Dylan Can’t ‘Stay in Mississippi’ Long Enough for True Fans

To the astonishment and gratitude of serious fans and to the ambivalence of lesser ones, Bob Dylan has played Mississippi for more than ten concerts in a row.  Prior to this he had only played it on a few (?) occasions shortly after its 2001 release on Love and Theft.  There are also two lovely versions of it on Tell Tale Signs: The Bootleg Series Volume 8.  Both Sheryl Crow and The Dixie Chicks have covered it.

A friend of mine was in an argument with an ill-informed girl who said with an assured arrogance typical of the ill-informed that she didn’t listen to any Dylan post-1966 (a year in which she was not even alive).  He sent her not even the song, but just the lyrics to Mississippi and she quickly changed her tune.

It contains couplets that measure with some of the best verses in Dylan’s peerless body of work.

I was raised in the country, I been workin’ in the town
I been in trouble ever since I set my suitcase down

As someone who was raised in a small isolated community and still misses his old life, still dreams of his old friends whether I want to or not, and has suffered plenty of  metropolitan heartbreak, this line will always be particularly resonant for me.

But my heart is not weary, it’s light and it’s free
I’ve got nothin’ but affection for all those who’ve sailed with me

Not only a beautiful line, but this is refreshing for long-time fans to hear.  The Dylan of the late 80s certainly gave the impression of having a weary, heavy heart.  The Dylan of the early 90s was a confirmed alcoholic.

The second line is also such a warm and generous remark from a person who has long been accused of being aloof and leery of hangers-on, manipulators, etc.  Here we see the warmer incarnation of Bob’s spirituality, as opposed to his End Times a Comin-style evangelical masterpieces like Blind Willie McTell or Slow Train Comin’.  This is an older, wiser, kinder Bob.  I’ll take ten.

Sung live, I see that affection line as a good replacement for this applause-generator in Spirit on the Water:

You think I’m over the hill
You think I’m past my prime
Let me see what you got
We can have a whoppin’ good time

It’s like Bob, who has previously said that he’d have to retire if people stopped showing up to his concerts, is offering an appreciation to the effect of:  “Hey you’re still here; I got nothing but affection for you!”

So many things that we never will undo
I know you’re sorry, I’m sorry too

This simple message of forgiveness, one of the most concise and beautiful lines Bob’s ever written, is delivered with heartbreaking pathos on the official releases (some might argue:  because Dylan could still sing then) but in 2011, live, it’s delivered in the fashion of a mentally insane children’s performer.  The too being practically yodelled like many, many octaves higher than the pure gravel of the preceding lyrics.   A critical listener might sneer and say, “Uh, is it meant to be funny Bob?”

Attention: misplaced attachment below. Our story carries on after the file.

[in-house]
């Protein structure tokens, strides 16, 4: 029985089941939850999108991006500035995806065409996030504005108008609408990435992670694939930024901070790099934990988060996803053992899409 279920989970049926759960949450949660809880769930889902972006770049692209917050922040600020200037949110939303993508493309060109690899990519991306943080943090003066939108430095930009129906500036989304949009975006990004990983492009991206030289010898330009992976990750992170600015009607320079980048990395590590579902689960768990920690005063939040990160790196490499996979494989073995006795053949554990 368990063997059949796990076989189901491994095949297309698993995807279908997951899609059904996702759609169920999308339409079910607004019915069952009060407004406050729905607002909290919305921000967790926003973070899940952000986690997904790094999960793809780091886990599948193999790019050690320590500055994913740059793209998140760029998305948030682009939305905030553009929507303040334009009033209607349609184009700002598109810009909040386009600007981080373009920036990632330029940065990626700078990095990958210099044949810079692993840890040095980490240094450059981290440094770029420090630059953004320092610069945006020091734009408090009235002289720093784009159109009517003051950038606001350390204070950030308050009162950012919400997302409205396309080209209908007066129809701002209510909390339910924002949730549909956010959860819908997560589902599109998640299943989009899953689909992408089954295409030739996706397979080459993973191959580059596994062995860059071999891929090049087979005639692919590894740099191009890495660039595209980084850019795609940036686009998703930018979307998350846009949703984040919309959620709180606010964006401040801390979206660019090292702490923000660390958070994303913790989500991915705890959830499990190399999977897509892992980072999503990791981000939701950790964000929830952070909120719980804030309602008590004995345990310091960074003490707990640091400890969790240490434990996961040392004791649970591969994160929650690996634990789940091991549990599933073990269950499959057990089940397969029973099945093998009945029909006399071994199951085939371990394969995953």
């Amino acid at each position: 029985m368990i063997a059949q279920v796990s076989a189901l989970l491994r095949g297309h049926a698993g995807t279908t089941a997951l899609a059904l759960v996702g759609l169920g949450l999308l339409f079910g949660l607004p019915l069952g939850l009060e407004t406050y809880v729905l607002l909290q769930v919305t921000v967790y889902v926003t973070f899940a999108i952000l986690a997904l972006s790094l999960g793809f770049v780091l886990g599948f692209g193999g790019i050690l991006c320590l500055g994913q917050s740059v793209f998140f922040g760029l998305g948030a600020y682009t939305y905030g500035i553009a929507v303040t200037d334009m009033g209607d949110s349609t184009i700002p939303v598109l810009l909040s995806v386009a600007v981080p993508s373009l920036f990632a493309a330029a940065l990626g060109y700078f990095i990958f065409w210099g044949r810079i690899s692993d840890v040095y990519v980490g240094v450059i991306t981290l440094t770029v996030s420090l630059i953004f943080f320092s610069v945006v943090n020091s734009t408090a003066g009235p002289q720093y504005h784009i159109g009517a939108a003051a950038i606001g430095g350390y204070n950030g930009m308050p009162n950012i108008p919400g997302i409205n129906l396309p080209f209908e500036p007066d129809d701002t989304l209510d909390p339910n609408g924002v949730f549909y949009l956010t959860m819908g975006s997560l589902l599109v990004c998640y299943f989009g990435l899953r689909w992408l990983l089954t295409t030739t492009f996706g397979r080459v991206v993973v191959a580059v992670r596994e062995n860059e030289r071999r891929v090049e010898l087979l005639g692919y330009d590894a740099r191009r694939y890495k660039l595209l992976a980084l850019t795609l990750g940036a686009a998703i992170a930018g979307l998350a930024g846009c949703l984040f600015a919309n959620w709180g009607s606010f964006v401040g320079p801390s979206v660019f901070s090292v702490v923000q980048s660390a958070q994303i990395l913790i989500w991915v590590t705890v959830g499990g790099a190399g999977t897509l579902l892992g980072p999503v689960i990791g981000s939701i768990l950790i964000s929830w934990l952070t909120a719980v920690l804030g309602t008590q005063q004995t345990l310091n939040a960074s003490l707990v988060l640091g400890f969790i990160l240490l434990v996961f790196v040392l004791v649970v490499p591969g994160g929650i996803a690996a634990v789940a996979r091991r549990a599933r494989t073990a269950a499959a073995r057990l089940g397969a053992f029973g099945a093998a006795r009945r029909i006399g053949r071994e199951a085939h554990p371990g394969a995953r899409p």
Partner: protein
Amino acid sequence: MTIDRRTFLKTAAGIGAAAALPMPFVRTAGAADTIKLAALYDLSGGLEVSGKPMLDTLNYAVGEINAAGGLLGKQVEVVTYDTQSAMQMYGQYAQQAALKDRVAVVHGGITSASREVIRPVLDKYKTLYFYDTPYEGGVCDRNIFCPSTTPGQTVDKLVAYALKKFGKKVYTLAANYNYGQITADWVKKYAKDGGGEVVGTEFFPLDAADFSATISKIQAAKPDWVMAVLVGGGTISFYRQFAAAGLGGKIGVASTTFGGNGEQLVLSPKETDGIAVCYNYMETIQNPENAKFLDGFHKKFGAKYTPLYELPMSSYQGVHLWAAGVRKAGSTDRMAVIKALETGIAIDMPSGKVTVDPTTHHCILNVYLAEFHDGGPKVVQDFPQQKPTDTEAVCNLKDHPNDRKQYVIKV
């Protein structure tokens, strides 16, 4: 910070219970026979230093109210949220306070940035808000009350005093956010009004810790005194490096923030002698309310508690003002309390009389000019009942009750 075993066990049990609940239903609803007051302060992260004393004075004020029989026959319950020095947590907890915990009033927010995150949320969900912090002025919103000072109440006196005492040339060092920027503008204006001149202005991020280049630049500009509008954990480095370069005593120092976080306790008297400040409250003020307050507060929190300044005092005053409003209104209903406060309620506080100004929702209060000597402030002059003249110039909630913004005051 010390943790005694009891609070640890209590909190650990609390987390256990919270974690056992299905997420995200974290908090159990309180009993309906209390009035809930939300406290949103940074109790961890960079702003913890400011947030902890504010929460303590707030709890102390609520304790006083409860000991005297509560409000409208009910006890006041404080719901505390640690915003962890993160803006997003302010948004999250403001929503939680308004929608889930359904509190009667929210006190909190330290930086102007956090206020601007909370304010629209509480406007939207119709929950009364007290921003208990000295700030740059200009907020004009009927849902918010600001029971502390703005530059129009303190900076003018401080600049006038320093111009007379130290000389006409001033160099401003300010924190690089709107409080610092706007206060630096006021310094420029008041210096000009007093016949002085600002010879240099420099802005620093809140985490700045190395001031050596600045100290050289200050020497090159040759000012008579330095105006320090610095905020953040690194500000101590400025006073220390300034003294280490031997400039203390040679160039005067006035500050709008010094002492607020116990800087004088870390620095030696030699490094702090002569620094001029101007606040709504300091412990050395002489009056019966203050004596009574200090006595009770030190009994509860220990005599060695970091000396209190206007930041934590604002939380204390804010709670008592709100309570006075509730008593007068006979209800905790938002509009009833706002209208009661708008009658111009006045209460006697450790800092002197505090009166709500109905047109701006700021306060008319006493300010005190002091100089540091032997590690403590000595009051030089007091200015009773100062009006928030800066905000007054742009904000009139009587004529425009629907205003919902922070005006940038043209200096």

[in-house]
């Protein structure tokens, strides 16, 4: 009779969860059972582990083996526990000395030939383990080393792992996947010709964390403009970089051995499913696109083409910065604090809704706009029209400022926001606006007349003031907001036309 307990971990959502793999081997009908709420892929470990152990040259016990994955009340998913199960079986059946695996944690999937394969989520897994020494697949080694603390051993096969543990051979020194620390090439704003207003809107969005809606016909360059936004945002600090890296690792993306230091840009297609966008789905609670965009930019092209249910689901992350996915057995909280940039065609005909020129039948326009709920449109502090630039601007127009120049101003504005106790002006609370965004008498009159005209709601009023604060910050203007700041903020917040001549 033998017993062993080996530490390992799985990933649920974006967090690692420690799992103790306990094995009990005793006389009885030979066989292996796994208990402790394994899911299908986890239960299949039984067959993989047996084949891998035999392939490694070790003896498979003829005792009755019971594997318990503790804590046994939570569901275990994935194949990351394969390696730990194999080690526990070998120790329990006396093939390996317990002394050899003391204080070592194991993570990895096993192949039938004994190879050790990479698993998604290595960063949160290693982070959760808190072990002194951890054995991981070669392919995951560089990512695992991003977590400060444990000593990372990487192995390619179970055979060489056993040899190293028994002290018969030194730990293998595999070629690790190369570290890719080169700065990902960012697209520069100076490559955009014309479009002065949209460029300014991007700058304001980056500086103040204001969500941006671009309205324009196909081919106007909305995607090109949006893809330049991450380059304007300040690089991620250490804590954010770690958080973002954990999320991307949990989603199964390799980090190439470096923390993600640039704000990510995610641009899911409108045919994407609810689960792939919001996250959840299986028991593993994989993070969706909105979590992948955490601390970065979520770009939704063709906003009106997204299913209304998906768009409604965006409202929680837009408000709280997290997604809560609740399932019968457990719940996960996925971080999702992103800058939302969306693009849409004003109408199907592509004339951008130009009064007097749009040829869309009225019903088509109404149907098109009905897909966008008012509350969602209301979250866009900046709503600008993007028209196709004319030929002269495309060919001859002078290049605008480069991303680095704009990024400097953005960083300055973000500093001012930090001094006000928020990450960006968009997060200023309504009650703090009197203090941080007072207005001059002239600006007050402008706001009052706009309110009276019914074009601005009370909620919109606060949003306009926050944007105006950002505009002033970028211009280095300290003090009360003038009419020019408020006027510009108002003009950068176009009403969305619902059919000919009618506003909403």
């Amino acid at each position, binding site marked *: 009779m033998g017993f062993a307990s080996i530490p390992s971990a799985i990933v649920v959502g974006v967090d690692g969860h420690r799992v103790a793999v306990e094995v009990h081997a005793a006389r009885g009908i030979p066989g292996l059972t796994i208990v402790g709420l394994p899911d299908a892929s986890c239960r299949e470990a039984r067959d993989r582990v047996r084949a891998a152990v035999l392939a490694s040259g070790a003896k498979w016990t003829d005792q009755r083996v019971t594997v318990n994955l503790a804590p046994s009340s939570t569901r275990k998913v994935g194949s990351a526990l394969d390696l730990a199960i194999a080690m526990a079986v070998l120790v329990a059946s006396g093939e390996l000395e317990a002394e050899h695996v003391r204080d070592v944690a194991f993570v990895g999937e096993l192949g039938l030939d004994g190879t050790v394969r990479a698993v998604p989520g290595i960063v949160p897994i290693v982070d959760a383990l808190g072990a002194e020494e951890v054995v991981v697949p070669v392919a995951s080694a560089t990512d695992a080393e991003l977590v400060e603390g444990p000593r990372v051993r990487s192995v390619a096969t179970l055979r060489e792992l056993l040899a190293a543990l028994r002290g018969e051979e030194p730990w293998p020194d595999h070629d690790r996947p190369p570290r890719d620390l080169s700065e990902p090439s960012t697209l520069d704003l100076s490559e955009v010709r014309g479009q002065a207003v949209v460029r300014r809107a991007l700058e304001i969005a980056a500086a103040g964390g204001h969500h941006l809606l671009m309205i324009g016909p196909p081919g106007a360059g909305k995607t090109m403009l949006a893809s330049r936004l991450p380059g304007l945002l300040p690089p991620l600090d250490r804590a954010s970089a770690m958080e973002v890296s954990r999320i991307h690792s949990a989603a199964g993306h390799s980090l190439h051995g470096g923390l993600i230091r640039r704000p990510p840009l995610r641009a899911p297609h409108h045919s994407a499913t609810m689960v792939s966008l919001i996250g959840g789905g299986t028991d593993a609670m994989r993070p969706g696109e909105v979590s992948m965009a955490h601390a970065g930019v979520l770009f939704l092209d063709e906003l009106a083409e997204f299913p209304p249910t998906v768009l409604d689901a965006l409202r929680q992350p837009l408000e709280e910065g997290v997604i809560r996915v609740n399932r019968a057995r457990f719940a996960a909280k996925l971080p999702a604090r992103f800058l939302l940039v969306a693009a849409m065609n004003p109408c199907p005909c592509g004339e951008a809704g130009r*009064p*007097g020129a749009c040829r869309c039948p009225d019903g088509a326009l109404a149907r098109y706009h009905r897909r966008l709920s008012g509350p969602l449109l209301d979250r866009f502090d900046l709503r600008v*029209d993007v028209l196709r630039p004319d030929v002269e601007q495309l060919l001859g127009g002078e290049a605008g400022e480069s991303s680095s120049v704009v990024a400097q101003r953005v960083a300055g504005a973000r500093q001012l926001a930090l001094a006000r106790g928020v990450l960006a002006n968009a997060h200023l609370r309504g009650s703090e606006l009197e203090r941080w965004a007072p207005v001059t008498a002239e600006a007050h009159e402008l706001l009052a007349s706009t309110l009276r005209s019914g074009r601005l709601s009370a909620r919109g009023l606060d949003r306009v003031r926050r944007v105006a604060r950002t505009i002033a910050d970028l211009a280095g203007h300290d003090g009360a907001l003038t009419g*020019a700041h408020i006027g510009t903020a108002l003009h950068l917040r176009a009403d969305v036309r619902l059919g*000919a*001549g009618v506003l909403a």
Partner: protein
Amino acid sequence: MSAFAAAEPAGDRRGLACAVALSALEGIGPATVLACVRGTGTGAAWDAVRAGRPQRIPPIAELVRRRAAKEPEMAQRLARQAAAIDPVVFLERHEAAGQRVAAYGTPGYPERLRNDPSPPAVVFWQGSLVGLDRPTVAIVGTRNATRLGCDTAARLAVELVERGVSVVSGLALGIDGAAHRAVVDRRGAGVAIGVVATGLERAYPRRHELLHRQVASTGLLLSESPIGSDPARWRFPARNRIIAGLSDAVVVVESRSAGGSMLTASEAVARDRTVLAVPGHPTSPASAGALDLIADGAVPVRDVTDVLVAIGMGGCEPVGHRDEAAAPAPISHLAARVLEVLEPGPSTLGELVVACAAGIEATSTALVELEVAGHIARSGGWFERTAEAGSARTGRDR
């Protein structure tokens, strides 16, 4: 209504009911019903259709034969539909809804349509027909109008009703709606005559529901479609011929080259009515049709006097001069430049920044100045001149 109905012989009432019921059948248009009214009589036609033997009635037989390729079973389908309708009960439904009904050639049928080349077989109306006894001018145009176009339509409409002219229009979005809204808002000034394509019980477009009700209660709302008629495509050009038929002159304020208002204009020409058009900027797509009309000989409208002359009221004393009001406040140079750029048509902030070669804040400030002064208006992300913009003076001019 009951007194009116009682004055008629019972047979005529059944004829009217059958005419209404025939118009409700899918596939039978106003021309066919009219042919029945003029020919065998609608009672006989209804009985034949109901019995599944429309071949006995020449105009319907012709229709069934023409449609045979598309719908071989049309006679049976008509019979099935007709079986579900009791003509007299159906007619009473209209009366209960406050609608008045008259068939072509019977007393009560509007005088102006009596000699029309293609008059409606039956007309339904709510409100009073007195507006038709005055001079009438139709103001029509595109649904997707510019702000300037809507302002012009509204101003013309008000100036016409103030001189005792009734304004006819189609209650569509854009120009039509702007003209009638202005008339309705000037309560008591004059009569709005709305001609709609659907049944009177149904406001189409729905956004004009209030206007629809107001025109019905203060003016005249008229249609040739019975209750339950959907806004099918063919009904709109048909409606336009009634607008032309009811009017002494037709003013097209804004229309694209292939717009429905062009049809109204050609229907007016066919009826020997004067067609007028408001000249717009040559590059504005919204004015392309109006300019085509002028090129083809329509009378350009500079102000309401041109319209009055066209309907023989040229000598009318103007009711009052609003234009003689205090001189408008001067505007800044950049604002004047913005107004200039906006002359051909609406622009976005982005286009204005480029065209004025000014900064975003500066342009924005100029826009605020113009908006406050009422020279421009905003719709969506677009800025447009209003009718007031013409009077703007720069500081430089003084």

Stick with me baby, stick with me anyhow
Things should start to get interestin’ right about now

Yet more built-in encouragement for we fans who aren’t going anywhere no matter how funny/weird/scary Bob sounds.

And things getting “interesting right about now,” is fascinating given the time period in which the song was written—immediately preceding the glorious comeback years of 1997 through 2003 (it’s debatable in which year the purest glory of this comeback ended).

Maybe he’s singing Mississippi again because he’s confident he’s on the verge of yet another reinvention/resurgence.

Well, the emptiness is endless, cold as the clay
You can always come back, but you can’t come back all the way

A possible admission that Bob understands he’s lost something [like his ability to sing melodic notes (except in that bedeviling White House performance{below})]?

So, as said above, serious fans are counting down the days to whichever show they hold tickets for, hoping this song remains in the setlist.  Fickle fans who only hope to hear Like a Rolling Stone are murmuring “Is this one of his new ones?”

What’s important is that Bob has another collection of ingenius lines to play with in his inimitably fun way.   It’s probably not a huge deal to Bob what anyone thinks anyway—say anything you wannna, the bard has heard it all.


Bob Dylan Review 07/08/11 – Rochester Hills, MI

As a Dylan advocate (you might at times have said “apologist”) I sometimes fear my legitimate praise of the great man will be perceived as mindless fawning.

So let me first complain about the last show I’d seen at the Kitchener Aud (terrible acoustics) with a bunch of Greatest Hits enthusiasts, and poor Bob looking almost bored to tears.  Even at this type of vaguely disheartening show I’d rationalize:  “Well it looked like he was having a good time.”  I was saying this because he bobbed his knees a few times.  And because at previous shows I’d seen he’d looked like he was having a downright bad time.